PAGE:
The IFR will produce 200 times more electricity from uranium ore than current reactors. With an assured long-term fuel supply, pollution-free nuclear energy can fulfill its role of helping to control greenhouse gas emissions.
The U.S. will reaffirm its leadership in discouraging the spread of nuclear weapons by commercializing the proliferation-resistant IFR fuel cycle. Pyroprocessing can only produce a conglomerate of plutonium, uranium, and heavier actinides, highly contaminated with intensely radioactive waste. This product can be readily fabricated into superior metal fuel for a fast reactor, but is no improvement over spent fuel for any other use. Any attempt to extract material that could be used to produce a nuclear weapon would require a huge, easily detectable, investment in the same type of facilities and equipment that would be required to produce the material directly from spent fuel of any type.
The high degree of public safety found in today's U.S. plant designs will be enhanced by self-regulating features made possible by the choice of fuel, coolant and plant arrangement in an IFR. While protective barriers and primary safety systems will be retained, reliance on expensive systems for emergency protection can be replaced by reliance on immutable laws of nature. This simplicity of design, together with a compact fuel cycle and reduced maintenance and operating costs, promises an IFR that is commercially competitive.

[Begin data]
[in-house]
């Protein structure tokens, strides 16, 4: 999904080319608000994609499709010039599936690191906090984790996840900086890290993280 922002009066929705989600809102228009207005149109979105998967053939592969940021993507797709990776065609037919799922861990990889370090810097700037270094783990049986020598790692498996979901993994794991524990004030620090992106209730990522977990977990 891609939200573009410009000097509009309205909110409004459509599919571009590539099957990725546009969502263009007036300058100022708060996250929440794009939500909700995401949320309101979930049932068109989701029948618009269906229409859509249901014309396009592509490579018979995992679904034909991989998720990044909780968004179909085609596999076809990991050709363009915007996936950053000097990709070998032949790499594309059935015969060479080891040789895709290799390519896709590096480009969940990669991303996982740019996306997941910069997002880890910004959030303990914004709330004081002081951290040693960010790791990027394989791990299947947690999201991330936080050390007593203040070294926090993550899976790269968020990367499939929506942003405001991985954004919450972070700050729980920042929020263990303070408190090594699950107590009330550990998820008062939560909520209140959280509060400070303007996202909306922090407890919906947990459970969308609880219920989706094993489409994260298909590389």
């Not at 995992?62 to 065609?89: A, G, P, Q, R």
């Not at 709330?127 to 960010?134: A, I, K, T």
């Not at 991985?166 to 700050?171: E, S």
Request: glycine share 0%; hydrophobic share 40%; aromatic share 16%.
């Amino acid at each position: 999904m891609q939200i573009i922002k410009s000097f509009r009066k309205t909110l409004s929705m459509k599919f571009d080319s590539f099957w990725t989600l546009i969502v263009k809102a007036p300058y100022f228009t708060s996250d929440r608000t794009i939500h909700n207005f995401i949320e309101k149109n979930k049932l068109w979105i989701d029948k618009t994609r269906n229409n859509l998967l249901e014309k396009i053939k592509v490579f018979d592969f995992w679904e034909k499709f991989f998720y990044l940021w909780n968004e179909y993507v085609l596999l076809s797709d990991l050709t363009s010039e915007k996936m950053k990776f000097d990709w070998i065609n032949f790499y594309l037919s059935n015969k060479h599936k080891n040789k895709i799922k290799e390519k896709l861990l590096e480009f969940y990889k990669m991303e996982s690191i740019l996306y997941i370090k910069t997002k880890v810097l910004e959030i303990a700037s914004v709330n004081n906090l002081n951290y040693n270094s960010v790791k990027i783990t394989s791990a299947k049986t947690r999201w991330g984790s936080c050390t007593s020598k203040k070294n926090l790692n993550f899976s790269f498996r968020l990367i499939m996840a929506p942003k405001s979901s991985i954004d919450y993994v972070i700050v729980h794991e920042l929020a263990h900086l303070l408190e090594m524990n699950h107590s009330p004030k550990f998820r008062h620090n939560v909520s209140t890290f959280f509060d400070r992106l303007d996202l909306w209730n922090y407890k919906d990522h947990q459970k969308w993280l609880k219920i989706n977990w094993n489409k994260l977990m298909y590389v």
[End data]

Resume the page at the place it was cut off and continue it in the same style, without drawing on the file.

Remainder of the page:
IFR technology is the only practical near-term option for completely annihilating the 100 metric tons of plutonium from dismantled nuclear weapons. Metallic plutonium from weapons, completely compatible with IFR process technology, could be quickly rendered unsuitable for future military use simply co-processing it with spent fuel from Argonne's IFR prototype reactor. Over 10 pounds of plutonium from weapons waste are already being tested for burnup in the reactor.
The Department of Energy has over 100 types of spent reactor fuel stored around the country, most of which are not candidates for direct disposal because of their nuclear or chemical reactivity. But they could be processed with IFR technology, producing only two common waste forms for final disposal. This near- term application alone could save tens of billions of dollars.
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